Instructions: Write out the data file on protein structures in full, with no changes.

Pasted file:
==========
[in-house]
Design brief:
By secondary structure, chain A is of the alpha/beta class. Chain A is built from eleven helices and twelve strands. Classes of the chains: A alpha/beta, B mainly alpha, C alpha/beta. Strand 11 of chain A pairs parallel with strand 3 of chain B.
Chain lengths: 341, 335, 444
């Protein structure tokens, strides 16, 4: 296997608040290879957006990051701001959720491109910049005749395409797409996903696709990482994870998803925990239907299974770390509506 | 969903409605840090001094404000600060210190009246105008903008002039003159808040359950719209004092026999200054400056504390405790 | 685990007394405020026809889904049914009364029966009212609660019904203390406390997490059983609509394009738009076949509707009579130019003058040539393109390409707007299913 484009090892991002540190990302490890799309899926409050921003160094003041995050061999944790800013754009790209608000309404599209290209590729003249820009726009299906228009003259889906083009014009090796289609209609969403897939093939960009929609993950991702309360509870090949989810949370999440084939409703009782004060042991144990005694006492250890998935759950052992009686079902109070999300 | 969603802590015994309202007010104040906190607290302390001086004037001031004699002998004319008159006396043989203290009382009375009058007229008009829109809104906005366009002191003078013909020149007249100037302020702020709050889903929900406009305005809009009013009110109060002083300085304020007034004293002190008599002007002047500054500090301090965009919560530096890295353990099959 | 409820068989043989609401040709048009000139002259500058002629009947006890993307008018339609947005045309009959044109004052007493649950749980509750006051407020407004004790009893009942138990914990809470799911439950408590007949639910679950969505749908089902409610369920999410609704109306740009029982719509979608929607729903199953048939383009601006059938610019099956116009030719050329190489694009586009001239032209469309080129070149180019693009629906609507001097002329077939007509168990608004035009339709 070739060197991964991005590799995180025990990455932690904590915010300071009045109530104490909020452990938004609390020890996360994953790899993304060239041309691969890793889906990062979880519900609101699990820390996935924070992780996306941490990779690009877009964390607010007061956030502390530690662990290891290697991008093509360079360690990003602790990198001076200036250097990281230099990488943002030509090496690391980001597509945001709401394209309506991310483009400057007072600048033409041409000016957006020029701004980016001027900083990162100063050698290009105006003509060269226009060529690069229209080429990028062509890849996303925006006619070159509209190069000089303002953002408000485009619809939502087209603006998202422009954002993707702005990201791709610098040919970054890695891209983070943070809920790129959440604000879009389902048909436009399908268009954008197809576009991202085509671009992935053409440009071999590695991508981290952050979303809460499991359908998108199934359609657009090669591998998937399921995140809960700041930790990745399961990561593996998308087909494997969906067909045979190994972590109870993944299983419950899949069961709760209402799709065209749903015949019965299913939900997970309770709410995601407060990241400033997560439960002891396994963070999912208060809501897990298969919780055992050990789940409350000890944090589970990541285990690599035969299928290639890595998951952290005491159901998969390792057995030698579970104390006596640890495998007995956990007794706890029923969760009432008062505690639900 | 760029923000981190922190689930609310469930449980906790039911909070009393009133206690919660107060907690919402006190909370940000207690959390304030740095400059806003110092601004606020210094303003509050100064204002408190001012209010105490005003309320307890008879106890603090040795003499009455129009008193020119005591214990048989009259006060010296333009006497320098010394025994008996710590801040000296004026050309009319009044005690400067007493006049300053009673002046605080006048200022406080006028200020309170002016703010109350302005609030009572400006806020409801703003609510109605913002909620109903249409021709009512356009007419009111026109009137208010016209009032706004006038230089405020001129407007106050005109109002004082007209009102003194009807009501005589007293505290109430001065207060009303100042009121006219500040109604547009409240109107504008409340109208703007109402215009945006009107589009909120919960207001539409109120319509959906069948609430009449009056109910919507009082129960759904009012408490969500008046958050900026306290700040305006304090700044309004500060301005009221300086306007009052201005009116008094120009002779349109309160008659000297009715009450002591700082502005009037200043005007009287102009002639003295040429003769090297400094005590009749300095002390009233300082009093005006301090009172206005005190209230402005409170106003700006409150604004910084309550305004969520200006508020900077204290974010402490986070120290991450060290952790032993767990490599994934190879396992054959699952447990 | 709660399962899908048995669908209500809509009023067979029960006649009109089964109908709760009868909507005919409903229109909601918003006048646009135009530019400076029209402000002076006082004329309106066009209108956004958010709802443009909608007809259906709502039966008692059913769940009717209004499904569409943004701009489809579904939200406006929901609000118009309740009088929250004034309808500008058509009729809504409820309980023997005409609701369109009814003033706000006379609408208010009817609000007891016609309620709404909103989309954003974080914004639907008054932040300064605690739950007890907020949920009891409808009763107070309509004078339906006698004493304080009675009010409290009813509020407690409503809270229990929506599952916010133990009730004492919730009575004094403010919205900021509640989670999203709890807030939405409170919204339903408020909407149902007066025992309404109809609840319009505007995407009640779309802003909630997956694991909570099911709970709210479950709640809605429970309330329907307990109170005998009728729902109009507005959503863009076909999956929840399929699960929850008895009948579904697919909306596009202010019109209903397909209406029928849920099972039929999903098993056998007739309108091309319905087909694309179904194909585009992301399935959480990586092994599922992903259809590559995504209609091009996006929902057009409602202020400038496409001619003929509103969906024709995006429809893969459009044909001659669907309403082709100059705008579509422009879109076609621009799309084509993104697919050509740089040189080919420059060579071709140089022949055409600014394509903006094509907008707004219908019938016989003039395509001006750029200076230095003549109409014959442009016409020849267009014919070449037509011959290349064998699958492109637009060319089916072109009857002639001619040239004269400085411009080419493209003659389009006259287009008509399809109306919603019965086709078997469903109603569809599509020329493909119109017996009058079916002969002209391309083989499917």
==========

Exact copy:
[in-house]
Design brief:
By secondary structure, chain A is of the alpha/beta class. Chain A is built from eleven helices and twelve strands. Classes of the chains: A alpha/beta, B mainly alpha, C alpha/beta. Strand 11 of chain A pairs parallel with strand 3 of chain B.
Chain lengths: 341, 335, 444
């Protein structure tokens, strides 16, 4: 296997608040290879957006990051701001959720491109910049005749395409797409996903696709990482994870998803925990239907299974770390509506 | 969903409605840090001094404000600060210190009246105008903008002039003159808040359950719209004092026999200054400056504390405790 | 685990007394405020026809889904049914009364029966009212609660019904203390406390997490059983609509394009738009076949509707009579130019003058040539393109390409707007299913 484009090892991002540190990302490890799309899926409050921003160094003041995050061999944790800013754009790209608000309404599209290209590729003249820009726009299906228009003259889906083009014009090796289609209609969403897939093939960009929609993950991702309360509870090949989810949370999440084939409703009782004060042991144990005694006492250890998935759950052992009686079902109070999300 | 969603802590015994309202007010104040906190607290302390001086004037001031004699002998004319008159006396043989203290009382009375009058007229008009829109809104906005366009002191003078013909020149007249100037302020702020709050889903929900406009305005809009009013009110109060002083300085304020007034004293002190008599002007002047500054500090301090965009919560530096890295353990099959 | 409820068989043989609401040709048009000139002259500058002629009947006890993307008018339609947005045309009959044109004052007493649950749980509750006051407020407004004790009893009942138990914990809470799911439950408590007949639910679950969505749908089902409610369920999410609704109306740009029982719509979608929607729903199953048939383009601006059938610019099956116009030719050329190489694009586009001239032209469309080129070149180019693009629906609507001097002329077939007509168990608004035009339709 070739060197991964991005590799995180025990990455932690904590915010300071009045109530104490909020452990938004609390020890996360994953790899993304060239041309691969890793889906990062979880519900609101699990820390996935924070992780996306941490990779690009877009964390607010007061956030502390530690662990290891290697991008093509360079360690990003602790990198001076200036250097990281230099990488943002030509090496690391980001597509945001709401394209309506991310483009400057007072600048033409041409000016957006020029701004980016001027900083990162100063050698290009105006003509060269226009060529690069229209080429990028062509890849996303925006006619070159509209190069000089303002953002408000485009619809939502087209603006998202422009954002993707702005990201791709610098040919970054890695891209983070943070809920790129959440604000879009389902048909436009399908268009954008197809576009991202085509671009992935053409440009071999590695991508981290952050979303809460499991359908998108199934359609657009090669591998998937399921995140809960700041930790990745399961990561593996998308087909494997969906067909045979190994972590109870993944299983419950899949069961709760209402799709065209749903015949019965299913939900997970309770709410995601407060990241400033997560439960002891396994963070999912208060809501897990298969919780055992050990789940409350000890944090589970990541285990690599035969299928290639890595998951952290005491159901998969390792057995030698579970104390006596640890495998007995956990007794706890029923969760009432008062505690639900 | 760029923000981190922190689930609310469930449980906790039911909070009393009133206690919660107060907690919402006190909370940000207690959390304030740095400059806003110092601004606020210094303003509050100064204002408190001012209010105490005003309320307890008879106890603090040795003499009455129009008193020119005591214990048989009259006060010296333009006497320098010394025994008996710590801040000296004026050309009319009044005690400067007493006049300053009673002046605080006048200022406080006028200020309170002016703010109350302005609030009572400006806020409801703003609510109605913002909620109903249409021709009512356009007419009111026109009137208010016209009032706004006038230089405020001129407007106050005109109002004082007209009102003194009807009501005589007293505290109430001065207060009303100042009121006219500040109604547009409240109107504008409340109208703007109402215009945006009107589009909120919960207001539409109120319509959906069948609430009449009056109910919507009082129960759904009012408490969500008046958050900026306290700040305006304090700044309004500060301005009221300086306007009052201005009116008094120009002779349109309160008659000297009715009450002591700082502005009037200043005007009287102009002639003295040429003769090297400094005590009749300095002390009233300082009093005006301090009172206005005190209230402005409170106003700006409150604004910084309550305004969520200006508020900077204290974010402490986070120290991450060290952790032993767990490599994934190879396992054959699952447990 | 709660399962899908048995669908209500809509009023067979029960006649009109089964109908709760009868909507005919409903229109909601918003006048646009135009530019400076029209402000002076006082004329309106066009209108956004958010709802443009909608007809259906709502039966008692059913769940009717209004499904569409943004701009489809579904939200406006929901609000118009309740009088929250004034309808500008058509009729809504409820309980023997005409609701369109009814003033706000006379609408208010009817609000007891016609309620709404909103989309954003974080914004639907008054932040300064605690739950007890907020949920009891409808009763107070309509004078339906006698004493304080009675009010409290009813509020407690409503809270229990929506599952916010133990009730004492919730009575004094403010919205900021509640989670999203709890807030939405409170919204339903408020909407149902007066025992309404109809609840319009505007995407009640779309802003909630997956694991909570099911709970709210479950709640809605429970309330329907307990109170005998009728729902109009507005959503863009076909999956929840399929699960929850008895009948579904697919909306596009202010019109209903397909209406029928849920099972039929999903098993056998007739309108091309319905087909694309179904194909585009992301399935959480990586092994599922992903259809590559995504209609091009996006929902057009409602202020400038496409001619003929509103969906024709995006429809893969459009044909001659669907309403082709100059705008579509422009879109076609621009799309084509993104697919050509740089040189080919420059060579071709140089022949055409600014394509903006094509907008707004219908019938016989003039395509001006750029200076230095003549109409014959442009016409020849267009014919070449037509011959290349064998699958492109637009060319089916072109009857002639001619040239004269400085411009080419493209003659389009006259287009008509399809109306919603019965086709078997469903109603569809599509020329493909119109017996009058079916002969002209391309083989499917």